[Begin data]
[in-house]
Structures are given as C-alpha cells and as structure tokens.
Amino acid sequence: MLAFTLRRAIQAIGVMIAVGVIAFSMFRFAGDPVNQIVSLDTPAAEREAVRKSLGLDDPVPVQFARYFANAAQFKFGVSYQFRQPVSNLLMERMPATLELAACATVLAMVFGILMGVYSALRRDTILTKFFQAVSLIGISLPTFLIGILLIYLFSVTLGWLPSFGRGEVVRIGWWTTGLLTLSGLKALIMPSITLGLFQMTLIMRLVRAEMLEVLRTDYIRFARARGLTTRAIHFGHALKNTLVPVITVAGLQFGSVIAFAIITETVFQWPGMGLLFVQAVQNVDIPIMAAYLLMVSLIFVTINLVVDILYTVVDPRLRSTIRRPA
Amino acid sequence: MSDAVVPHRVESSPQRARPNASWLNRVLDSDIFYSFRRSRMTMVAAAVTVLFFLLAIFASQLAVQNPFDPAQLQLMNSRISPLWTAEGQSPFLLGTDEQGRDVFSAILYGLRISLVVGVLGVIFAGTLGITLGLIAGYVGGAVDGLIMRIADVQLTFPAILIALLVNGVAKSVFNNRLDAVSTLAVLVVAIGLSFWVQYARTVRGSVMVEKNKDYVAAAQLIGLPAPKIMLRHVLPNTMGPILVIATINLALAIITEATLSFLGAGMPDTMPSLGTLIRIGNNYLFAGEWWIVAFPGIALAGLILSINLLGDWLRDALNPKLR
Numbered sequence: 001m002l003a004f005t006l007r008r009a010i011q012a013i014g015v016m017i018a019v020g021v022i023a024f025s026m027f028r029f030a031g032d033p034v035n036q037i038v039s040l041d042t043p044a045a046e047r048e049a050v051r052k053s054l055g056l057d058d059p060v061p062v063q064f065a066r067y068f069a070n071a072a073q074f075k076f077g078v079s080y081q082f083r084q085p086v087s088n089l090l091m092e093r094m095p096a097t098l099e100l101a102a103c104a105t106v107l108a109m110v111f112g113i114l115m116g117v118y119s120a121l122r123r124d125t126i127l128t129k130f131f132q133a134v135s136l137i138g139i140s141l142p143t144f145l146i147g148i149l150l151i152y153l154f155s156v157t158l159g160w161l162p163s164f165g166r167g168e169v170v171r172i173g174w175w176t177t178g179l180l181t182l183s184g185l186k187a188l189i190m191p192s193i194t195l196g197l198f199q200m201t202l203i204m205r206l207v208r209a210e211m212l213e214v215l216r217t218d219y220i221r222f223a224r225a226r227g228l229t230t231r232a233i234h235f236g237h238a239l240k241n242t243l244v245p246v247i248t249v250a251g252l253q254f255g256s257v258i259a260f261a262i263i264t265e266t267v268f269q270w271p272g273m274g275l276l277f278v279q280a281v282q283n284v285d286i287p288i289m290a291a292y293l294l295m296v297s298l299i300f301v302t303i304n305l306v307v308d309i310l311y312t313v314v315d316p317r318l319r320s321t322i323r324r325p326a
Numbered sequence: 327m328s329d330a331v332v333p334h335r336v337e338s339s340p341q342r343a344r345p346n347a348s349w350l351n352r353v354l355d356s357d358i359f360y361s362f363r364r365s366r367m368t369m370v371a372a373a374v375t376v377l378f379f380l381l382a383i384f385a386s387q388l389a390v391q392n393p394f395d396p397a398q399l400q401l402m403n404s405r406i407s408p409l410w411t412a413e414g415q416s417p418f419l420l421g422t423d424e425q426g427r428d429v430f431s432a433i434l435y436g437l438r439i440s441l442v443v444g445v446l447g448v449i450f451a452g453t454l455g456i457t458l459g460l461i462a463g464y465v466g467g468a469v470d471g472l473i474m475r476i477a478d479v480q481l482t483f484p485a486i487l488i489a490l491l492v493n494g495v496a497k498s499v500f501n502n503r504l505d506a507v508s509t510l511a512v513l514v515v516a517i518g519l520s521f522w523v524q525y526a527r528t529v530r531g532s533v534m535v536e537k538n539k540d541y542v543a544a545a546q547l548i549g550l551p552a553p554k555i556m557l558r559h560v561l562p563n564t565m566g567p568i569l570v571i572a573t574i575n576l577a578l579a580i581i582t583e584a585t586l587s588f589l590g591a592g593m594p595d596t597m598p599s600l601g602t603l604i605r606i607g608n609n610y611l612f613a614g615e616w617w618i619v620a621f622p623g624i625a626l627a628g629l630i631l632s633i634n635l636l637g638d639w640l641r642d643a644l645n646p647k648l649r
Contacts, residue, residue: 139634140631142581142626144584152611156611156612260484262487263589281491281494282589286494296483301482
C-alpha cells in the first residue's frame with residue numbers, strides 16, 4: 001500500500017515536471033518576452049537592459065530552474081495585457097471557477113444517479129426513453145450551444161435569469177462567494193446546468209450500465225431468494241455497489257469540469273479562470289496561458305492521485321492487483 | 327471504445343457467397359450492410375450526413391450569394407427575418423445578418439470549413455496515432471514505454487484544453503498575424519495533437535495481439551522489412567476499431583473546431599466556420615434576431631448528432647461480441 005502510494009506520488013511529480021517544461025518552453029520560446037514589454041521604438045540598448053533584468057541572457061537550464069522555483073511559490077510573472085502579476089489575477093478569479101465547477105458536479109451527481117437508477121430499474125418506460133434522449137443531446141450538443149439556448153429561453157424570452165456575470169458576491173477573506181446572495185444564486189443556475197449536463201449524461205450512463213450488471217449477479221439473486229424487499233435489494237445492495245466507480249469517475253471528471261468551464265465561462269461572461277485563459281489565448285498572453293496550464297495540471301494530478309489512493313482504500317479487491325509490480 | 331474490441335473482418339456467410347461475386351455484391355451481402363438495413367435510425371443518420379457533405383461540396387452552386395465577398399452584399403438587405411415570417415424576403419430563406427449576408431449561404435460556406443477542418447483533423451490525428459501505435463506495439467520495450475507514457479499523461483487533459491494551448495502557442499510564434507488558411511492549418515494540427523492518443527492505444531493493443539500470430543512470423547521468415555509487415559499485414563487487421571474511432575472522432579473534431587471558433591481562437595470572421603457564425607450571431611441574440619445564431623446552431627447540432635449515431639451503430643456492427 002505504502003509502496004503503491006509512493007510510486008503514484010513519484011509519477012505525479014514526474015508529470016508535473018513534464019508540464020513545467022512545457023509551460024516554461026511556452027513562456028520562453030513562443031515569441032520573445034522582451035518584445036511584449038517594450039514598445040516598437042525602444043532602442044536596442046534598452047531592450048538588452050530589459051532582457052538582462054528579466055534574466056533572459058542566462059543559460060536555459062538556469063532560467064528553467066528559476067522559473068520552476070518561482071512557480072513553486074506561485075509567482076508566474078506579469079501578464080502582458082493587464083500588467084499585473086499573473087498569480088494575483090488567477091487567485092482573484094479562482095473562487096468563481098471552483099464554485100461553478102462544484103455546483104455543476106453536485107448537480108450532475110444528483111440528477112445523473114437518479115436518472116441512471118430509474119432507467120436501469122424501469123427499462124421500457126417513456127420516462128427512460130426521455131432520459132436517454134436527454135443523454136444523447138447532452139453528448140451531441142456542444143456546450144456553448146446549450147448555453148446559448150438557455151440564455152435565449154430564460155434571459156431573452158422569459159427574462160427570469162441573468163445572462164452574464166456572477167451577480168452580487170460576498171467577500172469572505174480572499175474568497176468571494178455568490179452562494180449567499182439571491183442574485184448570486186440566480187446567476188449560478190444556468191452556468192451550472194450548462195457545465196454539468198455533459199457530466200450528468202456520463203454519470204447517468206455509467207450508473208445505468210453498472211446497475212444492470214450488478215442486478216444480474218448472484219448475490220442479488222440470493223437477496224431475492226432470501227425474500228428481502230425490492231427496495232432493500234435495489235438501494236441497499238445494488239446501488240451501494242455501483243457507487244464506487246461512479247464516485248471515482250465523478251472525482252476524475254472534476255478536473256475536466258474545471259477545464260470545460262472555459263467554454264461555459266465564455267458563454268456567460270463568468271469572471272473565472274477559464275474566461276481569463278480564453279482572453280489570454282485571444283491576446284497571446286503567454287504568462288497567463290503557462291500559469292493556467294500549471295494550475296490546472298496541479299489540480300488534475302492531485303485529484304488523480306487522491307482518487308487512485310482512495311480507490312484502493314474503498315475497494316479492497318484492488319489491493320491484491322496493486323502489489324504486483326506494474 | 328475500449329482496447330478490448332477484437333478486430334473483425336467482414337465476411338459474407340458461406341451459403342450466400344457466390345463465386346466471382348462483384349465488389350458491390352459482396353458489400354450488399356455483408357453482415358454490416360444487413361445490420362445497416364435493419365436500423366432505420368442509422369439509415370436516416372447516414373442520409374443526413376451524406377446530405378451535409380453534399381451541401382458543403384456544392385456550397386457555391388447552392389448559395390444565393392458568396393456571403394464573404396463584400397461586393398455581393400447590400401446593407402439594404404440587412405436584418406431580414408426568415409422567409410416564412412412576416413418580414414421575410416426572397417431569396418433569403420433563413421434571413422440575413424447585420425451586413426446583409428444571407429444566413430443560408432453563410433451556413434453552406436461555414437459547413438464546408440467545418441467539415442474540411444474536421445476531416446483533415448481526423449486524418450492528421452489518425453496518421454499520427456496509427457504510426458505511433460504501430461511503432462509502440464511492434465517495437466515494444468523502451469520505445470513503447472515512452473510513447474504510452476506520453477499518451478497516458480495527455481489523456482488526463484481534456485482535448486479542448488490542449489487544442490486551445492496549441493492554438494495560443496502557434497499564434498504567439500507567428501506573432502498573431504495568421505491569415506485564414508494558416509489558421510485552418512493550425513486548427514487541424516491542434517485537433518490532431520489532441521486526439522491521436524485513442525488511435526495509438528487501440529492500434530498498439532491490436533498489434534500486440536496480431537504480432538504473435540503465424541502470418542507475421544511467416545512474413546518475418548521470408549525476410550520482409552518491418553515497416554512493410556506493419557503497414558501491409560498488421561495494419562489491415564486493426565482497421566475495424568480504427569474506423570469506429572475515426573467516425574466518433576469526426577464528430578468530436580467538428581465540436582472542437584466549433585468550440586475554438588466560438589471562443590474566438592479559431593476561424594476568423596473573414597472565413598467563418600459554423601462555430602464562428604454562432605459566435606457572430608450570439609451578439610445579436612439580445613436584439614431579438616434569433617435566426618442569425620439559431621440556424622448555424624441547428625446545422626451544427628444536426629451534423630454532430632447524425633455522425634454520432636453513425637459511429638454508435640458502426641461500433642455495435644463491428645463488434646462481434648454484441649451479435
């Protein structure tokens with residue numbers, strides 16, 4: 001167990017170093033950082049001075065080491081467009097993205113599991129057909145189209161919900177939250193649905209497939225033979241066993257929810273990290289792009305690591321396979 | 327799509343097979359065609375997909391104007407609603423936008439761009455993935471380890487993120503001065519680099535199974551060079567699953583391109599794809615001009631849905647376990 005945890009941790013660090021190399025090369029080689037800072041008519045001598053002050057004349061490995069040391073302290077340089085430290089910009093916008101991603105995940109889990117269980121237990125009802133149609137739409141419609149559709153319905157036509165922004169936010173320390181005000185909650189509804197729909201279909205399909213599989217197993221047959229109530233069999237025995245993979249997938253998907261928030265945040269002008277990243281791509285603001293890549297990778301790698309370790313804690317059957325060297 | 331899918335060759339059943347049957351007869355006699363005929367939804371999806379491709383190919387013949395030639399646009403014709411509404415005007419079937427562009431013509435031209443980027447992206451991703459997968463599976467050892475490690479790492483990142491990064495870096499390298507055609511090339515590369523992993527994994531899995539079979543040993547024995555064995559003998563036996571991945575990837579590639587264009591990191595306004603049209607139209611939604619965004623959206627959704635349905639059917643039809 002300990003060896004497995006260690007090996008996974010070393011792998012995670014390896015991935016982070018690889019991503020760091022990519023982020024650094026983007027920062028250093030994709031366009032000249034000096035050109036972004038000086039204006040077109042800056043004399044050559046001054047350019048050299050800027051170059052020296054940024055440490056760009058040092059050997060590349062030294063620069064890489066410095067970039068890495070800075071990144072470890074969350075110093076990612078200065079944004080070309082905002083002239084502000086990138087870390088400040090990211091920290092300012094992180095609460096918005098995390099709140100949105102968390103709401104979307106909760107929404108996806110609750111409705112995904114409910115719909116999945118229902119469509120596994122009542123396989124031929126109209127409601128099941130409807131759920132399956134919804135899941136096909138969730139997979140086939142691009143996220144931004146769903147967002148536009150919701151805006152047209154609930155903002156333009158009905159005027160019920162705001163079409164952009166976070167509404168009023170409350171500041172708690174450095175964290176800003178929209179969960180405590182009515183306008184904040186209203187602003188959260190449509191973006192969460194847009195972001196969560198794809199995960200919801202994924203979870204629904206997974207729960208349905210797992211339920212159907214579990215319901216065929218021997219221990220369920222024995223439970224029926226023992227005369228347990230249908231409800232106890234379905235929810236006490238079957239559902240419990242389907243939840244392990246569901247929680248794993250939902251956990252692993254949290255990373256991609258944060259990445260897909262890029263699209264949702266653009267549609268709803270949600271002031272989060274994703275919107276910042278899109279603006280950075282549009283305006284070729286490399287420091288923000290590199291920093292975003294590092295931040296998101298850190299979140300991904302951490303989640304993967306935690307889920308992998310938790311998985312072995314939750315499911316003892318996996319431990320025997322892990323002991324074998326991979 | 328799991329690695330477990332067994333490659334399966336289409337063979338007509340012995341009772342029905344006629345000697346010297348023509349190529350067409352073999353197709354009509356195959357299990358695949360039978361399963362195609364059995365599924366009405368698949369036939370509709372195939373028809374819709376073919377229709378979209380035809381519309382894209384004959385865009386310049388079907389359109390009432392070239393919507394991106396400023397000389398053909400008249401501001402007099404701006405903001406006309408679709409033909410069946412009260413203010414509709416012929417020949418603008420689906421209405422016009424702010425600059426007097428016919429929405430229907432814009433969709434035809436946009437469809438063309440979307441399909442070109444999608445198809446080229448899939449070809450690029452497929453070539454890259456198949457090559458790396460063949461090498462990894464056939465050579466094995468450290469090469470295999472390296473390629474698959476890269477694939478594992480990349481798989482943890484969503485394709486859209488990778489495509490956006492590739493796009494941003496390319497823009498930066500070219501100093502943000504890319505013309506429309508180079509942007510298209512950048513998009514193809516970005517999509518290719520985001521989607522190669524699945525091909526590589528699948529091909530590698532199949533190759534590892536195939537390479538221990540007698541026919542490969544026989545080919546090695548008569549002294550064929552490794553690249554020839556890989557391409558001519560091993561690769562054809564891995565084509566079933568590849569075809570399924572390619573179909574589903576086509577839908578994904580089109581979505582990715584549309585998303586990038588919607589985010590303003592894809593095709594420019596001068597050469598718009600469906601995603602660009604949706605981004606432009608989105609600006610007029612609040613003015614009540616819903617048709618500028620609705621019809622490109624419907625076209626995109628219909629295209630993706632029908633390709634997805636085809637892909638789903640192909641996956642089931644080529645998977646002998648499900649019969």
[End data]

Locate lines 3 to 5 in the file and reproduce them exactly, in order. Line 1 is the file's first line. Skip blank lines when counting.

Amino acid sequence: MLAFTLRRAIQAIGVMIAVGVIAFSMFRFAGDPVNQIVSLDTPAAEREAVRKSLGLDDPVPVQFARYFANAAQFKFGVSYQFRQPVSNLLMERMPATLELAACATVLAMVFGILMGVYSALRRDTILTKFFQAVSLIGISLPTFLIGILLIYLFSVTLGWLPSFGRGEVVRIGWWTTGLLTLSGLKALIMPSITLGLFQMTLIMRLVRAEMLEVLRTDYIRFARARGLTTRAIHFGHALKNTLVPVITVAGLQFGSVIAFAIITETVFQWPGMGLLFVQAVQNVDIPIMAAYLLMVSLIFVTINLVVDILYTVVDPRLRSTIRRPA
Amino acid sequence: MSDAVVPHRVESSPQRARPNASWLNRVLDSDIFYSFRRSRMTMVAAAVTVLFFLLAIFASQLAVQNPFDPAQLQLMNSRISPLWTAEGQSPFLLGTDEQGRDVFSAILYGLRISLVVGVLGVIFAGTLGITLGLIAGYVGGAVDGLIMRIADVQLTFPAILIALLVNGVAKSVFNNRLDAVSTLAVLVVAIGLSFWVQYARTVRGSVMVEKNKDYVAAAQLIGLPAPKIMLRHVLPNTMGPILVIATINLALAIITEATLSFLGAGMPDTMPSLGTLIRIGNNYLFAGEWWIVAFPGIALAGLILSINLLGDWLRDALNPKLR
Numbered sequence: 001m002l003a004f005t006l007r008r009a010i011q012a013i014g015v016m017i018a019v020g021v022i023a024f025s026m027f028r029f030a031g032d033p034v035n036q037i038v039s040l041d042t043p044a045a046e047r048e049a050v051r052k053s054l055g056l057d058d059p060v061p062v063q064f065a066r067y068f069a070n071a072a073q074f075k076f077g078v079s080y081q082f083r084q085p086v087s088n089l090l091m092e093r094m095p096a097t098l099e100l101a102a103c104a105t106v107l108a109m110v111f112g113i114l115m116g117v118y119s120a121l122r123r124d125t126i127l128t129k130f131f132q133a134v135s136l137i138g139i140s141l142p143t144f145l146i147g148i149l150l151i152y153l154f155s156v157t158l159g160w161l162p163s164f165g166r167g168e169v170v171r172i173g174w175w176t177t178g179l180l181t182l183s184g185l186k187a188l189i190m191p192s193i194t195l196g197l198f199q200m201t202l203i204m205r206l207v208r209a210e211m212l213e214v215l216r217t218d219y220i221r222f223a224r225a226r227g228l229t230t231r232a233i234h235f236g237h238a239l240k241n242t243l244v245p246v247i248t249v250a251g252l253q254f255g256s257v258i259a260f261a262i263i264t265e266t267v268f269q270w271p272g273m274g275l276l277f278v279q280a281v282q283n284v285d286i287p288i289m290a291a292y293l294l295m296v297s298l299i300f301v302t303i304n305l306v307v308d309i310l311y312t313v314v315d316p317r318l319r320s321t322i323r324r325p326a